Until the 30th of January 2011 – Palazzo dei Diamanti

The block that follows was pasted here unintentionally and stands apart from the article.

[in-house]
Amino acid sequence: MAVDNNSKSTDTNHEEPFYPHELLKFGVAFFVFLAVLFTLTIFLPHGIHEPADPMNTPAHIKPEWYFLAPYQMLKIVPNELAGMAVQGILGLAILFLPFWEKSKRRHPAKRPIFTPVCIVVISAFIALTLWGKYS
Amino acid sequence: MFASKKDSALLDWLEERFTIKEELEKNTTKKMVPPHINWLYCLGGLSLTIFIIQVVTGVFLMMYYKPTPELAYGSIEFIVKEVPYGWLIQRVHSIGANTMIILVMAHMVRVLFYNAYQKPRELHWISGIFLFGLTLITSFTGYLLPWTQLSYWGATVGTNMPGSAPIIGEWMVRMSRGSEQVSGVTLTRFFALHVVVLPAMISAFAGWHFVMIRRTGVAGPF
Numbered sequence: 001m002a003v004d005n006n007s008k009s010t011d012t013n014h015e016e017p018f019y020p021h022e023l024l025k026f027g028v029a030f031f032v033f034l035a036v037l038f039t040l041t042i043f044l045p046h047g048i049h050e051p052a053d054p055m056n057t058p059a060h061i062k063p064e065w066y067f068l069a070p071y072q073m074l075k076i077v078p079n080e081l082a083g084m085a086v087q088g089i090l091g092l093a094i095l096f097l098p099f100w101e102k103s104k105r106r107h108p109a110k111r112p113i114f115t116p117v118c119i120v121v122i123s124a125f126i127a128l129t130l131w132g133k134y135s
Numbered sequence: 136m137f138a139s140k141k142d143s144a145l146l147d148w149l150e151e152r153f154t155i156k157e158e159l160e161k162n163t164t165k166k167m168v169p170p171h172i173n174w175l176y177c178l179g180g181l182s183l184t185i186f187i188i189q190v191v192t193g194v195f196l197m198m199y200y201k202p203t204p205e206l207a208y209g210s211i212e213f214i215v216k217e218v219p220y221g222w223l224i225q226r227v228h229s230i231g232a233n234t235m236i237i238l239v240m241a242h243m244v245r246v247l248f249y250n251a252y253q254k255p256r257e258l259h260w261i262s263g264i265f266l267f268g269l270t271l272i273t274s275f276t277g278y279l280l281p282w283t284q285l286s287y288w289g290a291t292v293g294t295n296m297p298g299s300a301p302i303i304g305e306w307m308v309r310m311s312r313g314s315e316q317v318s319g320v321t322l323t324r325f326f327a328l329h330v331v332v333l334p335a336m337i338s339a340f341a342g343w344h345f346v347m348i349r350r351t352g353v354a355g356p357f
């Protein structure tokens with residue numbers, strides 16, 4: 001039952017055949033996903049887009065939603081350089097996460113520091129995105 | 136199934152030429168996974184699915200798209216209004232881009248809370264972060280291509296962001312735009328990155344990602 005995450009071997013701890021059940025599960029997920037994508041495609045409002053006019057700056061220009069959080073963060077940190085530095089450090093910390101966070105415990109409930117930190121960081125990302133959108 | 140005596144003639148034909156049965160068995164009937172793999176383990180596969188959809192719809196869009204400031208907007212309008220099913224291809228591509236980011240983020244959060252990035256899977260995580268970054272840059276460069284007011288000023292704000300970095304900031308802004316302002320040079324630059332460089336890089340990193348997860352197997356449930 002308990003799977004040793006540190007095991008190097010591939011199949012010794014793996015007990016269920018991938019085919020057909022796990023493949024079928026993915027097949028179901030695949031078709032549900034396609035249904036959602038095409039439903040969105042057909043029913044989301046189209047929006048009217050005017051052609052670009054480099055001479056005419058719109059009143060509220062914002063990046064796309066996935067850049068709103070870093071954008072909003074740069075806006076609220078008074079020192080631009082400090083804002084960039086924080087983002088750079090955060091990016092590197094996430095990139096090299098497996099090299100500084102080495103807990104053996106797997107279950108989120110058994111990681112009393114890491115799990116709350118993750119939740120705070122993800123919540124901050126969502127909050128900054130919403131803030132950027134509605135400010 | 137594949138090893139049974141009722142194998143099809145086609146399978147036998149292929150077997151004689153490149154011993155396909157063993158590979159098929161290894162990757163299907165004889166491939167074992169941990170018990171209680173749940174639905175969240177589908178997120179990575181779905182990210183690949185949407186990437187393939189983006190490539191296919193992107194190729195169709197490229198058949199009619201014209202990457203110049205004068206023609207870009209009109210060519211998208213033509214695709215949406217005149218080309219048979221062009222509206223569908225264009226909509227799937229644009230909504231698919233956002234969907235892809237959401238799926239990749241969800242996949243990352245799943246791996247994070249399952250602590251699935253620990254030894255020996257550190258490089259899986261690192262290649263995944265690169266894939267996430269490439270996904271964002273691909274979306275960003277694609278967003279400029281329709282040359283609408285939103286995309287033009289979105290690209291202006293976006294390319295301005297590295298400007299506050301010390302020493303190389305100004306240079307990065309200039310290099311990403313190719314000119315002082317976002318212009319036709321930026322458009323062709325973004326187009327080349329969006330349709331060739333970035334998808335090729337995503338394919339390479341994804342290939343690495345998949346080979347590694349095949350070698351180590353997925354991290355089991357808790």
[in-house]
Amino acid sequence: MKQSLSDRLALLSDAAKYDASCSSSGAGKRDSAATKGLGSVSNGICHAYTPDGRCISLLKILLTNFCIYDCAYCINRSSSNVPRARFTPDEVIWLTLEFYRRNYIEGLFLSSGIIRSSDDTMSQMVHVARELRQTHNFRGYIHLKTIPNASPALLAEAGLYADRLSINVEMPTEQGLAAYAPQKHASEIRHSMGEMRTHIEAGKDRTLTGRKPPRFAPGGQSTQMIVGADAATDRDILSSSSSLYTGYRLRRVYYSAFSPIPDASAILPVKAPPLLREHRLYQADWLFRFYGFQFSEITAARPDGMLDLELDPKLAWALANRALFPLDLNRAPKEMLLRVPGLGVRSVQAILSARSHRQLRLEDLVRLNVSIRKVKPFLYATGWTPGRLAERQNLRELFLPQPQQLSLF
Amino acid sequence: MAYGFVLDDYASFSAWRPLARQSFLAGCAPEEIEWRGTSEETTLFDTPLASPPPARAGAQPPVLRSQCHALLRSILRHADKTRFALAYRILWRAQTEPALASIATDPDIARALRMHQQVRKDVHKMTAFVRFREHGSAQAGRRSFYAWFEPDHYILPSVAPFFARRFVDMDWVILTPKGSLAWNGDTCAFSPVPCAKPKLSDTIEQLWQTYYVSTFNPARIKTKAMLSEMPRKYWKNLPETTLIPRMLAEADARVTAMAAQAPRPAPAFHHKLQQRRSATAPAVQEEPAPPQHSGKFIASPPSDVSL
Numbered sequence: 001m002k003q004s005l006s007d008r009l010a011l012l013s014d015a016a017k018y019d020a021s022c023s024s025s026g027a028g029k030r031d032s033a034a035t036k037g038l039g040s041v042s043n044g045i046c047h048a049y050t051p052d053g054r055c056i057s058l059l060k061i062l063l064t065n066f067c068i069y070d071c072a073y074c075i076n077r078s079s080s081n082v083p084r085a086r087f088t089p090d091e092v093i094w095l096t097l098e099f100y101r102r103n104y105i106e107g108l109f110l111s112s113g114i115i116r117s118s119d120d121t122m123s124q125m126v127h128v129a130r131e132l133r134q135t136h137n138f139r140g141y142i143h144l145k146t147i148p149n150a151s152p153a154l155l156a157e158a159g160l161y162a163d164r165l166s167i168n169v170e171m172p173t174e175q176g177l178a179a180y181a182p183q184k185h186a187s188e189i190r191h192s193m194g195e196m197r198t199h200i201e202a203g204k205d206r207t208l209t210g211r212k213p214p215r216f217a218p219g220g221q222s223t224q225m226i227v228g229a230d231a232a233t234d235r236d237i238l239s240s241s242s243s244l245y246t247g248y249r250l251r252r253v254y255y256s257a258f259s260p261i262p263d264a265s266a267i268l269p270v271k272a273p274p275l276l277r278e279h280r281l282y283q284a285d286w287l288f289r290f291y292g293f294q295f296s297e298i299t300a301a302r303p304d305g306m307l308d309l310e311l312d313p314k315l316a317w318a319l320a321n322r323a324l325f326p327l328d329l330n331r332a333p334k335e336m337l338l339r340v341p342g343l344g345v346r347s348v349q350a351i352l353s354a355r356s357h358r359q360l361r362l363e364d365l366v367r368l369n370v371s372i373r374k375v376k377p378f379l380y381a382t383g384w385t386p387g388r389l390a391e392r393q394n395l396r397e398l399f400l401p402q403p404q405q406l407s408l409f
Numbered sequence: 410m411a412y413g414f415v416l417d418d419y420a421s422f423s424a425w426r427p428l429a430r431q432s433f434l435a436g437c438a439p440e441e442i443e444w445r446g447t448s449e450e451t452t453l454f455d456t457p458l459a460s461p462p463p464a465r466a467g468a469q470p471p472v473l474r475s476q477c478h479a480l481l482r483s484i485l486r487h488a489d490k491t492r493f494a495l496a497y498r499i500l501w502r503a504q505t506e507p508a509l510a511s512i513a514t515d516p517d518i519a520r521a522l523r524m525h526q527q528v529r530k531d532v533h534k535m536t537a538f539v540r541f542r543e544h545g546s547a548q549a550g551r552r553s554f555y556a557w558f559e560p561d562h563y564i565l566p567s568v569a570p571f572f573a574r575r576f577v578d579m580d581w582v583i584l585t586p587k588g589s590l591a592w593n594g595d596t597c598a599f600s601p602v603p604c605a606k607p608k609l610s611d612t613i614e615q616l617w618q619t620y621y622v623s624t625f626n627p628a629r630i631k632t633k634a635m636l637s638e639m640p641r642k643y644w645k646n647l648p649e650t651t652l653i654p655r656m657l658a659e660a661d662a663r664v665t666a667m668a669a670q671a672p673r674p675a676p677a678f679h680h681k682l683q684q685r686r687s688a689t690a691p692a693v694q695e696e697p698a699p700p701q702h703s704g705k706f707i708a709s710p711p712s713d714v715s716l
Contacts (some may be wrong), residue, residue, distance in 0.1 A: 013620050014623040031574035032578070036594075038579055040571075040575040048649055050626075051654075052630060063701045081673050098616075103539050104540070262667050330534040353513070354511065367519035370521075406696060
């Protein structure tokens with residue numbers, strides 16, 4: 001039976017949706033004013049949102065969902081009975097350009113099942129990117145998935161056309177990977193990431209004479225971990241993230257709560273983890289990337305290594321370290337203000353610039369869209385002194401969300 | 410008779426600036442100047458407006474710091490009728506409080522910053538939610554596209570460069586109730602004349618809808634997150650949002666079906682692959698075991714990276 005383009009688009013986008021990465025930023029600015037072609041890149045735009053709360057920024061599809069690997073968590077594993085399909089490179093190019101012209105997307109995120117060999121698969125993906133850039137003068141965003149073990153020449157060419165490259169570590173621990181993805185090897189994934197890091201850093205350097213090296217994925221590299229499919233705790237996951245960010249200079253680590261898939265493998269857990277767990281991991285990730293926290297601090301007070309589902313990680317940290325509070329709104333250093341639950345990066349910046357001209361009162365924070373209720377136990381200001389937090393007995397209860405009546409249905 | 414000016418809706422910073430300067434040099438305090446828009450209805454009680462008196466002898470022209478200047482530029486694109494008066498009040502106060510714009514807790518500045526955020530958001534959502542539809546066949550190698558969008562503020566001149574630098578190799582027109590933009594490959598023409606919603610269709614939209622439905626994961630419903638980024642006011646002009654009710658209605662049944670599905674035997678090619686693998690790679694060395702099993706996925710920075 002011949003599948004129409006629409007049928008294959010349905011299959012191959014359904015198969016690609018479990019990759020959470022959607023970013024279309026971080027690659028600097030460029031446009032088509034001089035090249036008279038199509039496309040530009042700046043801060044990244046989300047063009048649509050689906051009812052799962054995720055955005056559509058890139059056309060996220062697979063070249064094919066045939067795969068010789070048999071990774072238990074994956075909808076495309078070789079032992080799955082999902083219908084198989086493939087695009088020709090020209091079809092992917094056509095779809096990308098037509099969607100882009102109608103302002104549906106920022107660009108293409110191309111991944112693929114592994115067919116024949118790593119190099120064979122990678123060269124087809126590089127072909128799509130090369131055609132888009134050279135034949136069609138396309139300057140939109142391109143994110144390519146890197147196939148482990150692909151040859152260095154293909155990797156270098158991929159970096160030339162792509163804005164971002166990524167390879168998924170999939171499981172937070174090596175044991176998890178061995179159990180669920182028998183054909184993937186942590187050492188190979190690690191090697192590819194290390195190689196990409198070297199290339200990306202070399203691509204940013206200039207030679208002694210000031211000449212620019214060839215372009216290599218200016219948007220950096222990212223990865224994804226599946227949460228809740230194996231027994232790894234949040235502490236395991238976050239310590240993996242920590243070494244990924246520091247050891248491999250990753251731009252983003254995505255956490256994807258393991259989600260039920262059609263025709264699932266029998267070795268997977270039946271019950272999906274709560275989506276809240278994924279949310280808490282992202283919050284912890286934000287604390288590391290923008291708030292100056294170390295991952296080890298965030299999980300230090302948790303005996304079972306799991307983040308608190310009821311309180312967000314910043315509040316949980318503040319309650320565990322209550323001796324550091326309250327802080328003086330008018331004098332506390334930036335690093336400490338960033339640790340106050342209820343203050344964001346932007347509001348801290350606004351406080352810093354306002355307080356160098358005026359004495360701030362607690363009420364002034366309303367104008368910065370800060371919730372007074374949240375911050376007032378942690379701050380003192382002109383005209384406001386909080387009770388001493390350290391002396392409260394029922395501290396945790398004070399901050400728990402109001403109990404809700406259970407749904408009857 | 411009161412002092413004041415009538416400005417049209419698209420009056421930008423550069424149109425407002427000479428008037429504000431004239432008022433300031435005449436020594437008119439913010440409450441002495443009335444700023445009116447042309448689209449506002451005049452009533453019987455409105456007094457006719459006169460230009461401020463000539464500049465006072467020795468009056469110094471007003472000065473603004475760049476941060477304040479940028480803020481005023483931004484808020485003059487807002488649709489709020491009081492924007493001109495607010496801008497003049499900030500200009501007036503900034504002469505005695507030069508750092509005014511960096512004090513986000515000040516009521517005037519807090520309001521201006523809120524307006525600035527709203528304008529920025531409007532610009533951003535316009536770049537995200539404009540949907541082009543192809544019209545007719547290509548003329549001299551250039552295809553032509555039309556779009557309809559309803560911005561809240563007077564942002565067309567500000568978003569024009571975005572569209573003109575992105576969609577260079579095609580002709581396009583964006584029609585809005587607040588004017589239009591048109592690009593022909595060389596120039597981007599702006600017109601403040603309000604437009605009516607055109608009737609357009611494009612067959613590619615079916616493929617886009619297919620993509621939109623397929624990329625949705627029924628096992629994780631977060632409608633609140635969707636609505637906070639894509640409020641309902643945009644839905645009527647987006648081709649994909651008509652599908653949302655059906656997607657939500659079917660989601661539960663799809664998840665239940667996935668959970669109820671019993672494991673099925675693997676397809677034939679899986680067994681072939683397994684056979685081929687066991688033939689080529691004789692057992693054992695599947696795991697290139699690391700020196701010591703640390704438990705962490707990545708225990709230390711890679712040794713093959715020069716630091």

Chardin played a leading role in one of the most interesting periods of European art history, becoming one of the truly influential artists for modern and contemporary masters. While admired by many, it was Van Gogh who described him “as great as Rembrandt.” While Eighteenth Century France was busily engrossed in the luxurious life of the court and its fêtes galantes, fashioning a lifestyle from the ephemeral, Jean Siméon Chardin (1699-1779) was describing another reality. A contemplative and careful painter, he created the least “Parisian” canvases of century by painting silence: a silence which pervaded both his still lifes, picturing common domestic utensils arranged on rustic tables, and his interiors, in which the domestic servants and the offspring of the French bourgeois are shown thoughtfully going about their daily activities. While Chardin rejected the ornamental, his pictures are nonetheless sophisticated in quality; poems of daily life, a means of exalting the mannerisms of common people and thereby transforming them into the great protagonists of their era.